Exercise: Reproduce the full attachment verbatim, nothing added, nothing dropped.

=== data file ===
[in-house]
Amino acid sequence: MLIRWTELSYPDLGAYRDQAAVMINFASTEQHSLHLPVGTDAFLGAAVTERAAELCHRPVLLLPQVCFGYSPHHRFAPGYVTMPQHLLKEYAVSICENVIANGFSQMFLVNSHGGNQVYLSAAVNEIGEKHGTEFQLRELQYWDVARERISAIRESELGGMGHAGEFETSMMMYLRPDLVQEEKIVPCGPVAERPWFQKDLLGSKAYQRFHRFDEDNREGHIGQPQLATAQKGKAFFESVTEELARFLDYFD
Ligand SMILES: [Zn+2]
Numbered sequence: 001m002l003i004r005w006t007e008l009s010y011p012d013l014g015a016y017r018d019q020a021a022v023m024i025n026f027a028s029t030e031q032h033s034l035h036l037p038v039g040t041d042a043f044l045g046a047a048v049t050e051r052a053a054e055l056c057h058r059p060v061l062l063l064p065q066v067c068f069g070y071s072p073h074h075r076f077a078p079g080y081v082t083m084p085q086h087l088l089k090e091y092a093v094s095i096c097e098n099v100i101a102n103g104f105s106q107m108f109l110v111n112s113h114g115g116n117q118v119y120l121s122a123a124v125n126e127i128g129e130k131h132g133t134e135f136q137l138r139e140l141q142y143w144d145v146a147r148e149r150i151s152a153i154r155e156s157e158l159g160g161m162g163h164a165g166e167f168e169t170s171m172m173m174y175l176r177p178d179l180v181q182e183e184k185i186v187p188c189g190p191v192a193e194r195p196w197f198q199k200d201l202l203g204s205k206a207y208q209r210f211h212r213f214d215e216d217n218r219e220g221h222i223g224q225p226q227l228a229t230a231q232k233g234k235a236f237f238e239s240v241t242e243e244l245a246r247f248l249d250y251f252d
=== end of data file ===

[in-house]
Amino acid sequence: MLIRWTELSYPDLGAYRDQAAVMINFASTEQHSLHLPVGTDAFLGAAVTERAAELCHRPVLLLPQVCFGYSPHHRFAPGYVTMPQHLLKEYAVSICENVIANGFSQMFLVNSHGGNQVYLSAAVNEIGEKHGTEFQLRELQYWDVARERISAIRESELGGMGHAGEFETSMMMYLRPDLVQEEKIVPCGPVAERPWFQKDLLGSKAYQRFHRFDEDNREGHIGQPQLATAQKGKAFFESVTEELARFLDYFD
Ligand SMILES: [Zn+2]
Numbered sequence: 001m002l003i004r005w006t007e008l009s010y011p012d013l014g015a016y017r018d019q020a021a022v023m024i025n026f027a028s029t030e031q032h033s034l035h036l037p038v039g040t041d042a043f044l045g046a047a048v049t050e051r052a053a054e055l056c057h058r059p060v061l062l063l064p065q066v067c068f069g070y071s072p073h074h075r076f077a078p079g080y081v082t083m084p085q086h087l088l089k090e091y092a093v094s095i096c097e098n099v100i101a102n103g104f105s106q107m108f109l110v111n112s113h114g115g116n117q118v119y120l121s122a123a124v125n126e127i128g129e130k131h132g133t134e135f136q137l138r139e140l141q142y143w144d145v146a147r148e149r150i151s152a153i154r155e156s157e158l159g160g161m162g163h164a165g166e167f168e169t170s171m172m173m174y175l176r177p178d179l180v181q182e183e184k185i186v187p188c189g190p191v192a193e194r195p196w197f198q199k200d201l202l203g204s205k206a207y208q209r210f211h212r213f214d215e216d217n218r219e220g221h222i223g224q225p226q227l228a229t230a231q232k233g234k235a236f237f238e239s240v241t242e243e244l245a246r247f248l249d250y251f252d